Locke’s work greatly influenced James (1890, cited in Smith, Cowie and Blades, 2003), who maintained that what infants perceive about the world through their senses are nothing else-just a ‘blooming and buzzing confusion’. The ability to discriminate among sensations, like smell, shapes, colours, tastes, noises and voices, temperature, hunger, etc, is a result of a long learning process. The development of neuroscience and appearance of systematic experimentation techniques in the 1950s provided many contrary evidence, by which Locke’s theories were heavily criticised and mostly disproved.

Piaget represented a more balanced view between the two extremist schools. On the one hand, a closely related theory to empiricism was Piaget’s (1954, cited in Smith, Cowie and Blades, 2003) constructivism. On the other hand, Piaget’s view of infants’ perception borrowed some properties from the nativist theory; such as the idea of the inborn capabilities for assimilation, accommodation, equilibration and organisation of schemas.

The latter term refers to the inborn ability to co-ordinate existing schemas (cognitive structures) and blends them into more complex systems. He also further developed Locke’s philosophical theory of learning from reflexes, and that the knowledge of the world is not innate, but progressively learnt through experience by constantly exploring the environment. As neonates’ senses are not connected yet and hardly co-ordinated, he believed that objects do not become real entity until interaction between the senses happens by seeing, touching and tasting the objects. The results of constantly searching and experiencing the surrounding environment eventually lead to representation and objectification in the mind. Although the Piagetian stages of intellectual development are criticised as rigorous and not taking into consideration individual differences, it is still the most comprehensive theory of human development in psychology.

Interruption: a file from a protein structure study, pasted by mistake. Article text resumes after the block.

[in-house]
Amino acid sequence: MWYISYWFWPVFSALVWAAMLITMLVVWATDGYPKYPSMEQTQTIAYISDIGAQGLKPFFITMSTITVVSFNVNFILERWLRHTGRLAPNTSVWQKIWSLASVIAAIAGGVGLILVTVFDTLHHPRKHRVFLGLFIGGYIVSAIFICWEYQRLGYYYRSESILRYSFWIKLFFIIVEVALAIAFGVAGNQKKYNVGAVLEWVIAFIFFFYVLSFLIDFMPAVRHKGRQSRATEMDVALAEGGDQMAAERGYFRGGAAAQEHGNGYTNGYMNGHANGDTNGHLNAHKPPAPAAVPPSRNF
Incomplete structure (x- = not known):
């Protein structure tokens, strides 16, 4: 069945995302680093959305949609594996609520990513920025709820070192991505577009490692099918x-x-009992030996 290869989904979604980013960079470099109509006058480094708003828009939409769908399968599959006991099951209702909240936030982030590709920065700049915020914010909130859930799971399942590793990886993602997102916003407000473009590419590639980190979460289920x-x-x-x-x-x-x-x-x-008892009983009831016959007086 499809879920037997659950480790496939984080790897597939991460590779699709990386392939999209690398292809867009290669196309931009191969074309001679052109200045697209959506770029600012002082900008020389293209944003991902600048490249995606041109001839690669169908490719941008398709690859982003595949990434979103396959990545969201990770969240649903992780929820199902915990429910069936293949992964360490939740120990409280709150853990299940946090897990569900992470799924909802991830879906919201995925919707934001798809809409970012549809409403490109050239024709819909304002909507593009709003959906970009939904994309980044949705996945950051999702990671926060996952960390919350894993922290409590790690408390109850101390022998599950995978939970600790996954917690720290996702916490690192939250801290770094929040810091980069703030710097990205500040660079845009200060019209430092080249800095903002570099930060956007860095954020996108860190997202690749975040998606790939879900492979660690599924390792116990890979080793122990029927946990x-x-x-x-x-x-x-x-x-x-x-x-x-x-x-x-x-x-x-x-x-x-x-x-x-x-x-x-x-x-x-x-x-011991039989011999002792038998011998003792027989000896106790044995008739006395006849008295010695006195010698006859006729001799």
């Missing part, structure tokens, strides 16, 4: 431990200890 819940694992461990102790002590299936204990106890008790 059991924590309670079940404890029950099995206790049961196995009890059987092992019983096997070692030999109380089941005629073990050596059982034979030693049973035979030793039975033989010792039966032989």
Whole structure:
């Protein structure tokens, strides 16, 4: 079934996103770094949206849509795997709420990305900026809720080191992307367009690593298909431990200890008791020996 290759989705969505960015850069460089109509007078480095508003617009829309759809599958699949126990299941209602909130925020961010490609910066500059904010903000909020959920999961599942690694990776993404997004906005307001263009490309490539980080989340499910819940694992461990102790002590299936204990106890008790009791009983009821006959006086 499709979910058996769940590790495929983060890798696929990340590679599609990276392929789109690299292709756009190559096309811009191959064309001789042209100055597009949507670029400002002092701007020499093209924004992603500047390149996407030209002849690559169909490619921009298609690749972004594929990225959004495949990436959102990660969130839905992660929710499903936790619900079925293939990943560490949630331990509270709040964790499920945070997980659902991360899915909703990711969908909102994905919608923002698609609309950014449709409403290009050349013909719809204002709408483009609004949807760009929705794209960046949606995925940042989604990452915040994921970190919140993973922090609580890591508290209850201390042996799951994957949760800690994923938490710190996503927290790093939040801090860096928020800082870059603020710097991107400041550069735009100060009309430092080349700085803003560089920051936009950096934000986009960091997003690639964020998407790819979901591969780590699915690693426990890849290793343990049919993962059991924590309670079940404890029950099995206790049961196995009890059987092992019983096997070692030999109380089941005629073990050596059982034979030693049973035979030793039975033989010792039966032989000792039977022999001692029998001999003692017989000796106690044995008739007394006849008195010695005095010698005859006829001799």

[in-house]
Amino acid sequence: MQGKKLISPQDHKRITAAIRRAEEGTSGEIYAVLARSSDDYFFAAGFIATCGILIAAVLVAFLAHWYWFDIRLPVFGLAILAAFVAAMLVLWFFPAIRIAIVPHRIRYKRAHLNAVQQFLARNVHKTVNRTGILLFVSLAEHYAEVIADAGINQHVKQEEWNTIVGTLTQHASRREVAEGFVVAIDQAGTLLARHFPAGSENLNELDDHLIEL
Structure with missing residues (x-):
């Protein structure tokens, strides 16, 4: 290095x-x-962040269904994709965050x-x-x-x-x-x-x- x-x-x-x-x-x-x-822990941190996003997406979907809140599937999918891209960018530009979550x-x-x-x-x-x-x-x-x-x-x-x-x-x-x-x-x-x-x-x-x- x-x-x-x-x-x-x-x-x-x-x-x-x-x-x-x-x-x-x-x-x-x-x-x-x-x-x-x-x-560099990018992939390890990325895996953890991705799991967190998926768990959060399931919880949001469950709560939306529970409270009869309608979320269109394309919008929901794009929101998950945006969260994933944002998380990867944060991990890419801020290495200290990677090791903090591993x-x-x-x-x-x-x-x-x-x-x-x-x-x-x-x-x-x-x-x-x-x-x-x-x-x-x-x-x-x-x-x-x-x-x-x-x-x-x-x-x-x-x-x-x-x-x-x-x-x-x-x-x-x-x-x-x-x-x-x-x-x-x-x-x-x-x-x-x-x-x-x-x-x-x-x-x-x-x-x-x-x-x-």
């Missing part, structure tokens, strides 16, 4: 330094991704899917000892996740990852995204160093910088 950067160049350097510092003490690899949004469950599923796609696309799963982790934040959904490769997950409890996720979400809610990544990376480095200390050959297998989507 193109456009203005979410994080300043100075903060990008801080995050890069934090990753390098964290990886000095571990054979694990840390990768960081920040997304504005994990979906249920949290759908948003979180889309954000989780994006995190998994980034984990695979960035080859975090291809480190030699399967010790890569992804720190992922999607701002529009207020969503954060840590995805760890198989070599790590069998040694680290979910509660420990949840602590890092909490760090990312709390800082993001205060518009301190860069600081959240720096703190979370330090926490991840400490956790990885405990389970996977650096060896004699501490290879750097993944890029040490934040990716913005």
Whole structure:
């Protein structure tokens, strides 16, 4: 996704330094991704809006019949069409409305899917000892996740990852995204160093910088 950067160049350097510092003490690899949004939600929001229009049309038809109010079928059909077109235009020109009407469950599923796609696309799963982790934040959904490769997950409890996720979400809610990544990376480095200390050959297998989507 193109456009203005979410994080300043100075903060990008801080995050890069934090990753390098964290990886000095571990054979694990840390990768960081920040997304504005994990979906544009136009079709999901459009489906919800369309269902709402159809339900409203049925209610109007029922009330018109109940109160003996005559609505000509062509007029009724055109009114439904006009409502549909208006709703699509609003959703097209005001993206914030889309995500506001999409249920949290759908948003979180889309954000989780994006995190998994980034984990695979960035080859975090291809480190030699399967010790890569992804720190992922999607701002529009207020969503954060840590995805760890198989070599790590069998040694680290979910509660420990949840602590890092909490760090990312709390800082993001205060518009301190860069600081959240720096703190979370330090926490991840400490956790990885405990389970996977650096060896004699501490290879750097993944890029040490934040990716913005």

Until the 1950s, the empiricist view was the most influential in developmental psychology. Nativists initiated to study perceptual abilities in newborn infants, as the most direct way of assessing which perceptual abilities are inborn – assuming that the abilities are present at birth and have not been learnt in the womb. Although, this may sound obvious, researchers always faced difficulties when studying infant perception; for instance, infants could not tell them what they could perceive; they could easily become upset or distracted and then would not respond to the task; and the research method and process must always fulfil all the ethical requirements, therefore researchers were limited in the means.

To resolve these difficulties, a range of techniques have been developed in the last fifty years, which allow them to observe and infer what infants can and cannot perceive; and they are ‘the preference technique’, ‘habituation’ and ‘conditioning’. These technical resolutions helped Frantz conduct the first experiment on two day old infants.